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Should I Pay More Toward My Student Loan Debt or Add to My Retirement Savings?

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For many millennial and Gen Z employees entering the workforce, retirement might feel like it's practically a century away. However, saving for retirement early in your life is one of the smartest financial decisions you can make. In fact, the sooner you start, the further those hard-earned dollars go, thanks to the power of compound interest.

However, many young people are more concerned about student loan debt than they are about retirement planning, and that's understandable. There's over $1.64 trillion worth of student loan debt in the United States, spread across around 45 million borrowers.

Throw in other expenses such as car loans and insurance, and it's not that surprising that adults under age 35 have trouble saving money and don't feel the need to prioritize retirement.

But will holding off on saving for retirement create a long-term problem for young workers and leave them without a future safety net? What should a recent college graduate carrying debt focus on: their loans or their retirement?

Which is better: paying down student loan debt or building retirement savings?

The obvious advantage of making extra payments toward your student loans is the cost savings in interest over time. The longer you continue making only the minimum payments, the longer you'll extend the life of your loan and the more you'll end up paying in interest.

The average college graduate now carries over $35,000 in student loan debt. If you want to pay that off in five years at the average 6 percent interest rate, your monthly payment will be just over $675. By the end, you'll spend an extra $5,600 in interest. If you extend your payoff period to10 years, the monthly payment will be around $388 and you'll pay around $11,630 in interest.

The cost savings is immediately apparent: an extra $6,000 in your pocket if you rush your student loan payments. That's nothing to sneeze at.

But what about the impact on potential retirement savings?

Paying down your student loans at the expense of contributing to a long-term retirement account means you're missing out on the power of compound interest. If you invest just $100 each month into a traditional IRA (which grows about 7 percent each year) from the time you enter the workforce until you retire at age 65, that account, before taxes, will be worth $256,331 when you retire.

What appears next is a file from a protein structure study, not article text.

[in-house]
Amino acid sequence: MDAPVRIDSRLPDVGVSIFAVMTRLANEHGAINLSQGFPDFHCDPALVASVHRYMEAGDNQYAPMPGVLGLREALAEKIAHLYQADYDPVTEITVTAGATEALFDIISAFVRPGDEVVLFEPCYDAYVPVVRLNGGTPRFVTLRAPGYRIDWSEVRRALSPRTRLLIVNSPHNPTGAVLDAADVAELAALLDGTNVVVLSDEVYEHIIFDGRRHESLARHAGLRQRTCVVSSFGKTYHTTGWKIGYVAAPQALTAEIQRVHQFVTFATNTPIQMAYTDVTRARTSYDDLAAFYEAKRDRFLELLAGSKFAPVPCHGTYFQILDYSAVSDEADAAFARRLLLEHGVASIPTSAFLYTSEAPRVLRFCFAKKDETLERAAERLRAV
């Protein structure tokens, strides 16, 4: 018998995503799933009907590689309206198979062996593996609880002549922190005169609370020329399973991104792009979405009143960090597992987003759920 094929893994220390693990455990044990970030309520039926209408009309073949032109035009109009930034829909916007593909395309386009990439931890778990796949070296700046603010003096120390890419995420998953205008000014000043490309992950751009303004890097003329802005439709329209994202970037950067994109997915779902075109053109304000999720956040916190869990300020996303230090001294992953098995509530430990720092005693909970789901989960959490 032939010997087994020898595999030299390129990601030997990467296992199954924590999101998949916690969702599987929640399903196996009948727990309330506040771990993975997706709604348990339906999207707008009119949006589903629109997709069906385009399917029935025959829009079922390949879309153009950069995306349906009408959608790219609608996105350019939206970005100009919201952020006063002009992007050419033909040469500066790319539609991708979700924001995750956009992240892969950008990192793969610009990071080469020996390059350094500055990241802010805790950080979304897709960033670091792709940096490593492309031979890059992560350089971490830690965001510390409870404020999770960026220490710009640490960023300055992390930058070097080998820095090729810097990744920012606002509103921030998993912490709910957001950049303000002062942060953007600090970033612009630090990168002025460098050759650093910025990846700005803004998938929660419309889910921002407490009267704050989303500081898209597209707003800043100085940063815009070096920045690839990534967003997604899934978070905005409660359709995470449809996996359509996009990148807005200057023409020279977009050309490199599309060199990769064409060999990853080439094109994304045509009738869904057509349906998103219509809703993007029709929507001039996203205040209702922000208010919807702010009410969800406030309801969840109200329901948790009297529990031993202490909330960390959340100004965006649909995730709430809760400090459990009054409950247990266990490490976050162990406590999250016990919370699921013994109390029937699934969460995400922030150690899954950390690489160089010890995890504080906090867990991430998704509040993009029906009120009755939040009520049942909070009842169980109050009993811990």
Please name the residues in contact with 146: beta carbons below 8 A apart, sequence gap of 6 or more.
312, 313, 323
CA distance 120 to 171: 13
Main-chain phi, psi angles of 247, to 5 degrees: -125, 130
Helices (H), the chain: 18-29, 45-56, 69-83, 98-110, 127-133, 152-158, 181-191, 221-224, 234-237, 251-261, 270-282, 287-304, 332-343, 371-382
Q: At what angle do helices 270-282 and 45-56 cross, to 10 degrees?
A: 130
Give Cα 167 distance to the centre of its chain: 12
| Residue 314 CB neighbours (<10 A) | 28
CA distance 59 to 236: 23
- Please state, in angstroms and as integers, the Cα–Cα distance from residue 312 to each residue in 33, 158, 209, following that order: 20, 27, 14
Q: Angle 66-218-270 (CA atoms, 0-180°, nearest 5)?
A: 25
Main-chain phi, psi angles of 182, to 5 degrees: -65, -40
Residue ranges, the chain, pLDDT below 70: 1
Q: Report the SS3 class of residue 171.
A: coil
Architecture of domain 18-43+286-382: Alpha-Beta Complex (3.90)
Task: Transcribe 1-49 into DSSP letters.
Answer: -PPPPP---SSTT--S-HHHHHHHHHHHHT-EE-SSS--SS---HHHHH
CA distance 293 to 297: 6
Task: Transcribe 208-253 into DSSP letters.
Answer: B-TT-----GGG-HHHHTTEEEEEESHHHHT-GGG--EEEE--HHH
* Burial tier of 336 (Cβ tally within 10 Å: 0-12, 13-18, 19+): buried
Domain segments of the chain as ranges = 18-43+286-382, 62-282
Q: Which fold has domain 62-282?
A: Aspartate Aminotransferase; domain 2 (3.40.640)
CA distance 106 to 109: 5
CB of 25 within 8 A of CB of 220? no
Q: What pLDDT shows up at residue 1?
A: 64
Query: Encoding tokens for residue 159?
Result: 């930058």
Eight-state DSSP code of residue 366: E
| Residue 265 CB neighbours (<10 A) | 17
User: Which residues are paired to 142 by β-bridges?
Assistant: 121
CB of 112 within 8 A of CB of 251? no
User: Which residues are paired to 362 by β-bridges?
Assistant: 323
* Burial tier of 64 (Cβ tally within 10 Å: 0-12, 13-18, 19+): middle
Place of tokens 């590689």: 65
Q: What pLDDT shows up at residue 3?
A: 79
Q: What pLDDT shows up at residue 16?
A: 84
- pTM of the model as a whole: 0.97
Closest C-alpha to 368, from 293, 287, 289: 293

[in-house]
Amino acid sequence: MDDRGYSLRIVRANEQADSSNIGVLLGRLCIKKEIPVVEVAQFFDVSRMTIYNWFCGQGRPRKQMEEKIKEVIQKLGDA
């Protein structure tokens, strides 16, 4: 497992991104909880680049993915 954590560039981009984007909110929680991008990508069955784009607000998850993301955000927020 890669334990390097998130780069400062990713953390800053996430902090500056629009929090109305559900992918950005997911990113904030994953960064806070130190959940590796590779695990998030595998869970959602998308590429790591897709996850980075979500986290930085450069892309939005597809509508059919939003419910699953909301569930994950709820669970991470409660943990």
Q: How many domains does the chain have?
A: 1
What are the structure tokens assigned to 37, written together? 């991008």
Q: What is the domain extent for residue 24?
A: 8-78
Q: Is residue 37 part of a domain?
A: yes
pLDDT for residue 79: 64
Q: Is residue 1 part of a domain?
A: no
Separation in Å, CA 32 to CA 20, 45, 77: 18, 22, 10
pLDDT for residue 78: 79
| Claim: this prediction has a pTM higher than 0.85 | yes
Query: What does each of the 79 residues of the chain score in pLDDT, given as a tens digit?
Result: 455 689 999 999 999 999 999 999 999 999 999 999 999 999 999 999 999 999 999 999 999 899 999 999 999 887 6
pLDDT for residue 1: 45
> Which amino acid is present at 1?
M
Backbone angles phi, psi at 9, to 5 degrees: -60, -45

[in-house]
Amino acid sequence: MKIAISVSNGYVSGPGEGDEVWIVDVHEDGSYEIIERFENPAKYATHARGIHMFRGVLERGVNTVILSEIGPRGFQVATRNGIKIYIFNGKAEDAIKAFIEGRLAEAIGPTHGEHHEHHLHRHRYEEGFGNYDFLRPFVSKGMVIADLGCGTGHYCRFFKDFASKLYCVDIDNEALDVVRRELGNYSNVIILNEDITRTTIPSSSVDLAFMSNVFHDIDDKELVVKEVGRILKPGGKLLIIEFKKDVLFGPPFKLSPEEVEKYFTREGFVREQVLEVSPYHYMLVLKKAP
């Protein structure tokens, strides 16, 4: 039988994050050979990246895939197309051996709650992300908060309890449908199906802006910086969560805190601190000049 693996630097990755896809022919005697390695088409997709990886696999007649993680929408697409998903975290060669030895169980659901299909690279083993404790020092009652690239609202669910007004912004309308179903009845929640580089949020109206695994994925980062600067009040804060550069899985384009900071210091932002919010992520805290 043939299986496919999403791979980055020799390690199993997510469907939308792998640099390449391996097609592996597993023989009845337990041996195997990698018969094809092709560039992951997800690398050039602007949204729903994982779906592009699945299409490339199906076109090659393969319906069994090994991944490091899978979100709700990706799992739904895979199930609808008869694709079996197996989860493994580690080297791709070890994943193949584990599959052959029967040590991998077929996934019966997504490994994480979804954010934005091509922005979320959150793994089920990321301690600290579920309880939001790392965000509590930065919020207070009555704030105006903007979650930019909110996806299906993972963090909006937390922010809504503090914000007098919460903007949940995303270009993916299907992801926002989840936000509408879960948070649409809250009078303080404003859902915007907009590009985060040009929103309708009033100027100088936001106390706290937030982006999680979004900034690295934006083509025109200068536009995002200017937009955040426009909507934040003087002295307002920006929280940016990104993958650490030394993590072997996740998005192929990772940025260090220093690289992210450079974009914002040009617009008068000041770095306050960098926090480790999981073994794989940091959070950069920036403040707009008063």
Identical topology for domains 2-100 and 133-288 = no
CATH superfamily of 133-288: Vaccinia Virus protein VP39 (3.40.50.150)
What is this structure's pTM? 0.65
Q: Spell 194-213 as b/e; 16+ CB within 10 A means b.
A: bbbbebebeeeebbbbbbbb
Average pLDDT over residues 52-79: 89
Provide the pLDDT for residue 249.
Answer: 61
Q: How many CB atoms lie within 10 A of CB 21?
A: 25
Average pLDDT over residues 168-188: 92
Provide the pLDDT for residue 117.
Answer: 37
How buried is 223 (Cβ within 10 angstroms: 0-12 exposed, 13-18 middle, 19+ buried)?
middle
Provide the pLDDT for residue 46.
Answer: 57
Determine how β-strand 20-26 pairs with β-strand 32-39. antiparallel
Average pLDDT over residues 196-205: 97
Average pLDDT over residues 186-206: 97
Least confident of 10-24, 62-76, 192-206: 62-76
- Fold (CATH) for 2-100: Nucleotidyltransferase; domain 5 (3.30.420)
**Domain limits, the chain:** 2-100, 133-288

If you wait five years until you're done paying off your student loans to start saving, that balance shrinks dramatically to $177,496 before taxes.

That's a $78,835 difference for doing nothing more than starting five years later. If you wait 10 years to start saving, you'll forgo more than $50,000 on top of that.

Balancing your savings goals

Unfortunately, there's no one-size-fits-all answer when you're considering student loans and retirement savings, but the key is making space for both if possible.

If you're carrying a debt load, it's critically important that you keep up with any required monthly payments, as late payments could damage your credit scores. However, if you have money to spare, it's a good idea to put at least some of that surplus toward savings rather than paying down your debt more aggressively. Too often, people fall into a trap where they plan to start saving after they pay off whatever debt they carry without realizing what a long process debt repayment can be. Five years go by, then 10, and they still haven't paid it off. In the meantime, they haven't started saving anything either.

Regardless of your age, it's extremely important not to forego savings if possible. Make both financial obligations a priority, even if your contributions need to start off small. A meager $60 a month can grow into $100,000 in 35 years thanks to compound interest. As you finish paying off your student loans, consider upping your monthly retirement contribution rather than filling your checking account with extra spending cash.

Living debt-free and feeling secure in your retirement are both important goals that everyone should feel they can reach. That means learning to balance the financial strategies needed to reach each milestone.

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